As the automotive aftermarket struggles to regain momentum, members of the
Global Right to Repair Global Coalition met this month to get feedback from the member nations who share common issues and challenges. Member associations include MIWA South Africa, R2R South Africa, AUTO CARE Association United States, AAIA Canada, FIGIEFA European Union and AAAA Australia.
Les Mc Master, Director of Right to Repair South Africa and National Vice Chairman of the Motor Industry Workshop Association (MIWA), represented the South African members giving a brief summary of the 10 year historical path to the South African Competition Commission adoption of the draft Guidelines for Competition in the South African Automotive Aftermarket Industry. Mc Master says in 2010 MIWA first announced their intention to initiate the Right to Repair Campaign in South Africa after garnering first-hand knowledge from their European and North American counterparts where the campaign was already written into law in these regions. At the time MIWA approached representatives from all the major vehicle manufacturers in South Africa, but their muted responses resulted in MIWA creating the Right to Repair South Africa (R2RSA) non-profit company to include the whole of the aftermarket in South Africa.
For the past six years the Right to Repair campaign has been gaining momentum as members lobby for an environment where consumers can select where their vehicles are serviced, maintained and repaired during the currency of manufacturers’ warrantees, at competitive prices and in the workshop of their choice, and one which gives aftermarket Small Medium Enterprises a chance to stay in business. “This has become particularly critical now following the havoc the pandemic has had on the market.
McMaster told the global members that the new Competition Commission draft guidelines will, if published in its current form, open up the market substantially and see some meaningful cost savings for consumers, without compromising on quality and service. He said MIWA and R2RSA were eagerly awaiting the promulgation of the document due to be released by the end of the year. Mc Master stressed that although the document is still in draft format, he expected the OEM’s to push back on certain of the clauses contained within the document.
“The Competition Commissioner has nevertheless stated that every accusation brought to the attention of the Commissioner regarding any breach will be investigated and action will be taken to ensure that all the parties are subjected to the guidelines contained within the code of practice,” he says.
In terms of global outlooks, Stuart Charity, CEO of the Australian Automotive Aftermarket Association (AAAA) told members that the pandemic had made a huge dent into the automotive economy but the sector had managed to bounced back despite the limited number of trading days.
He said the withdrawal of General Motors from Australia and the automotive manufacturing sector having all but stopped production in Australia, made the AAAA’s task a lot easier in their talks with the State Legislator regarding their Choice of Repairer Campaign. “Significant milestones have been reached with the legislation on the sharing of technical information with the Federal Government. We see this as the first step in the eradication of the stranglehold on the Automotive Industry in Australia by the OEM’s,” said Charity.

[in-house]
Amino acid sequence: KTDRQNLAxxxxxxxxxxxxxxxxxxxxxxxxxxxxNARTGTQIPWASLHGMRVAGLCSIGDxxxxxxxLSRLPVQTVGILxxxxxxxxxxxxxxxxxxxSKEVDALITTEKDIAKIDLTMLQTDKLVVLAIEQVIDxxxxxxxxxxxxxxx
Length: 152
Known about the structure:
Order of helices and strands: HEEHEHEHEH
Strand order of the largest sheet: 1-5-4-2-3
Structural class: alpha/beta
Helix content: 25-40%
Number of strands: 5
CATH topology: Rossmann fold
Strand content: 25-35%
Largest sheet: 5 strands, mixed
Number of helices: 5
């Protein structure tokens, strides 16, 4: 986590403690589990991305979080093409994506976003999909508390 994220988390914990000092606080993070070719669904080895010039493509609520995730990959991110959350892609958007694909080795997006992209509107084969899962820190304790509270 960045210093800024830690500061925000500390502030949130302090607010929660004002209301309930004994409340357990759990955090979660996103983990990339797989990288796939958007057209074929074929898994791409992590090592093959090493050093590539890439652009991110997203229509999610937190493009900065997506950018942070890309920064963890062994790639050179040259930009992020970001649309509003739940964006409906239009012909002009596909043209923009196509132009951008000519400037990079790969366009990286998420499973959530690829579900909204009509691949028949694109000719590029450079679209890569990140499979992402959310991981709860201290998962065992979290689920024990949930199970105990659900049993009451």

Sylvia Gotzen, CEO of Fédération Internationale des Grossistes, Importateurs & Exportateurs en Fournitures Automobiles / International Federation of Automotive Distributors (FIGIEFA.), gave an overview of the current and future issues facing the Global Automotive industry. She stressed the need for access to in-vehicle data and functions which the OEM’s have been embedding into the connected car and the failure to adhere to the data sharing legislation in the EU. She highlighted cybersecurity and the attempt by OEM’s to taint the aftermarket as being the weak link in the hacking of data from the connected car. FIGIEFA plans to start a proactive campaign debunking these allegations citing the OEM’s lack of foresight in this regard. She said there is no doubt Motor Vehicle Block Exemption Regulation renewal and extension in the EU will include access to data in the connected car. “This includes the vehicle owners campaign of “my car my data”,” she says.
Bill Hanvey, President and CEO and Aaron Lowe, Senior Vice President regulatory and Governmental affairs,of the Autocare Association of America, confirmed that the data of the connected car is a huge issue globally and the Coalition must close ranks in combating the control of the data, irrespective of the pushback from the vehicle manufacturers. He said in the US, Massachusetts courts will be used in spearheading this legislation which will ensure that the Global R2R is established giving the consumer more choices and more control of their vehicles data. AIA Canada echoed this feeling saying it too was actively campaigning the Canadian government to allow data sharing of the connected car, AIA has also initiated the “your data your car” campaign
Hartmut Röhl, Chairman of the Right to Repair Global Coalition confirmed that although Australia and South Africa had come a long way in their respective campaigns which had made huge inroads toward a successful R2R scenario, there was still some hard work ahead and the R2R Global Coalition would assist in every respect. “The connected car wiIl be the key global focus going forward,”: he concluded.